Friday, September 24, 2021

A visit to 'The Quarters,' cabins of Gideon Pillow's enslaved

Farmer Campbell Ridley explores one of the slave cabins on his property.
The exterior of a log slave cabin.

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Gideon Pillow
Steps from the east fork of Green Lick Creek in Columbia, Tenn., stand log cabins where the enslaved of Gideon Pillow lived. A wealthy politician, lawyer, speculator and underwhelming Confederate major general, Pillow resided at Clifton Place, a magnificent mansion that still stands astride Mount Pleasant Pike. 

On Thursday afternoon, farmer and friend Campbell Ridley—a Pillow descendant—showed me and Cliff Roberts of the General Barton & Stovall History/Heritage Association the interior of one of the slave cabins, tucked on his property behind trees, brush and weeds. We didn’t go inside another slave cabin, but examined its brick chimney and deteriorating porch.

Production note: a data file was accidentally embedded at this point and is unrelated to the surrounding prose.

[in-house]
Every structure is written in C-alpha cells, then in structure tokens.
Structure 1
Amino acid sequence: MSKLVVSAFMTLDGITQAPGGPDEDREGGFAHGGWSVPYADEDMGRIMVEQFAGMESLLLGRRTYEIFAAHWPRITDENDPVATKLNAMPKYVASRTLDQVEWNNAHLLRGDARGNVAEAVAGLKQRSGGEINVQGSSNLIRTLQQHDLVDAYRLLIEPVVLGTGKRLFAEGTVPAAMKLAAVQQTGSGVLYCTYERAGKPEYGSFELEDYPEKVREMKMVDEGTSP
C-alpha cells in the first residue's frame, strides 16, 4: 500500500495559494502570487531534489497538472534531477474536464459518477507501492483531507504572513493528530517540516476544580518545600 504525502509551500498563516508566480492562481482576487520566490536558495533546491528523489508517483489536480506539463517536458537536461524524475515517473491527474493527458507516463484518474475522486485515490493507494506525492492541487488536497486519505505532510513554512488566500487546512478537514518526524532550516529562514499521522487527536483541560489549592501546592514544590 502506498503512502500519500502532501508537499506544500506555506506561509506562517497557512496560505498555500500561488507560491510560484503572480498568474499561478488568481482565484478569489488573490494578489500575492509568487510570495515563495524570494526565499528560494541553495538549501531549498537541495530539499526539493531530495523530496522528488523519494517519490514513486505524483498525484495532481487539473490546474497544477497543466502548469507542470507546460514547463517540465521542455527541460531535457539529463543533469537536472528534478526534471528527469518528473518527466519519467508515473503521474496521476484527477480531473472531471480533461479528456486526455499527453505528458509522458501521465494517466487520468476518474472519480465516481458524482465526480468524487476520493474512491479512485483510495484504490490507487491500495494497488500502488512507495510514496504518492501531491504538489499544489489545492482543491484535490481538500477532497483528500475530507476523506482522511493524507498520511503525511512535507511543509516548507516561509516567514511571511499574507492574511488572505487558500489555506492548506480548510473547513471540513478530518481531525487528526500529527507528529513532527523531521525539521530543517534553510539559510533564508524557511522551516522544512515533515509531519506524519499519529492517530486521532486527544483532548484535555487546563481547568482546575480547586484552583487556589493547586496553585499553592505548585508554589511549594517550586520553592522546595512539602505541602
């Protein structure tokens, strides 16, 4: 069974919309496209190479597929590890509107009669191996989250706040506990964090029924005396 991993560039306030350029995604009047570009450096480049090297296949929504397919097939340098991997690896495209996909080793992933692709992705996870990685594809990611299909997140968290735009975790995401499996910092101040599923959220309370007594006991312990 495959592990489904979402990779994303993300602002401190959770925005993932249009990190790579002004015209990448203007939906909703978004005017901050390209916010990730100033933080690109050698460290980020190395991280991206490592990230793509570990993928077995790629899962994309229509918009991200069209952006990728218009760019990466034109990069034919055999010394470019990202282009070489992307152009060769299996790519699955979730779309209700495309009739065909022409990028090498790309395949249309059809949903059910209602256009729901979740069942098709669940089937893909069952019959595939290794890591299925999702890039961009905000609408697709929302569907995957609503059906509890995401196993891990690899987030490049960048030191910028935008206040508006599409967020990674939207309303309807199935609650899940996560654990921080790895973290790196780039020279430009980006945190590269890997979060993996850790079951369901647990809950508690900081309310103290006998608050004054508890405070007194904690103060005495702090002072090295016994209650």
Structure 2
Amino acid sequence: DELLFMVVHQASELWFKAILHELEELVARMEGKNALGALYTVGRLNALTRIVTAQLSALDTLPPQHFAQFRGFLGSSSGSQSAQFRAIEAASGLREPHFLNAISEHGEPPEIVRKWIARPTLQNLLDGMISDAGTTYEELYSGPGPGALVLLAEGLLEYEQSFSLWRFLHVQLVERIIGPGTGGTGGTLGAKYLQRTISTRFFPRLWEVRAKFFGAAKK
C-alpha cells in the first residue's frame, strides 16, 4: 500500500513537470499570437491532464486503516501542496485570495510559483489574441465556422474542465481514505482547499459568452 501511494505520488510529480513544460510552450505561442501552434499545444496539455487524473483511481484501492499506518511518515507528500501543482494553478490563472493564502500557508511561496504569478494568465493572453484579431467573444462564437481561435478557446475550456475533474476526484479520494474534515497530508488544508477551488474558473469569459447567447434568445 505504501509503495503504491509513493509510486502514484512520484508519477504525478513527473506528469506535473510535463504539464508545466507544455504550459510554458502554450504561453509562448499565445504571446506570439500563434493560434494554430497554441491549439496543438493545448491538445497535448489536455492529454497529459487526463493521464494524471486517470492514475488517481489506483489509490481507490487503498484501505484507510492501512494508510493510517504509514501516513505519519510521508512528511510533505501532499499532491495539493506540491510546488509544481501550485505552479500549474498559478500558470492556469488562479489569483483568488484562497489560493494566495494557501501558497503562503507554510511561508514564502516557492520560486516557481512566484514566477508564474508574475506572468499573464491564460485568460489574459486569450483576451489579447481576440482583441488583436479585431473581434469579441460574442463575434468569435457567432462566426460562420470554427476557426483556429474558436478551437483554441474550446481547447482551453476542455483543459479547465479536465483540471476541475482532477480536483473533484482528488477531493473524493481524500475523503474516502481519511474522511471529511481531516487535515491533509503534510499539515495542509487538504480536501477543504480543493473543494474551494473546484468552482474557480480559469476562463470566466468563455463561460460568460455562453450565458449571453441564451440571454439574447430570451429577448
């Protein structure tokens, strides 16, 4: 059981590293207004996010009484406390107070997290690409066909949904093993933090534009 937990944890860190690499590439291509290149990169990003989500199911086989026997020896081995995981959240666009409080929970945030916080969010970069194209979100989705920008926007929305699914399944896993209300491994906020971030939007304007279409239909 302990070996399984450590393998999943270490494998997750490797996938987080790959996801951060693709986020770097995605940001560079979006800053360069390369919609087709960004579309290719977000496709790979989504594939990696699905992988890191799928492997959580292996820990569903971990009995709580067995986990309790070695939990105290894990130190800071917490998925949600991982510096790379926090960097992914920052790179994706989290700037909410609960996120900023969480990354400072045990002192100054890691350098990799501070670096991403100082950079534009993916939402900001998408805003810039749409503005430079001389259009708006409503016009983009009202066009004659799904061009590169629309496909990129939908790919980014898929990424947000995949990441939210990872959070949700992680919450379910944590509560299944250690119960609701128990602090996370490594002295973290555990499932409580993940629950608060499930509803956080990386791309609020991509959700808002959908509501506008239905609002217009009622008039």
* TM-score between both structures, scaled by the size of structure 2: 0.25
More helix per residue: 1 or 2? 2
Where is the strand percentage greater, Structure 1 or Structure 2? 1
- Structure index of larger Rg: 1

Pillow was one of the wealthiest men in Maury County—one of the wealthiest counties in the country before the Civil War. Much of that wealth was accumulated because of those who toiled for him—the enslaved who lived in these cabins.

Ridley, whose family has farmed in the area for generations, has long called these structures “The Quarters.” In addition to slaves, the cabins housed workers on the farm into the 20th century. Ridley also farms the land where Ashwood Hall—one of the most magnificent residences in Tennessee—once stood. The fabulous plantation mansion, owned by Leonidas Polk, “The Fighting Bishop” of the Confederacy, and later his brother, was destroyed in an 1874 fire. I wrote about it for Civil War Times magazine. 

Farmer Campbell Ridley slips inside the door.
Ridley examines the interior of a cabin, once occupied by slaves and later by workers
on his family farm.
Evidence of a fireplace in the cabin.
The deteriorating porch on another cabin.
The original, brick chimney.

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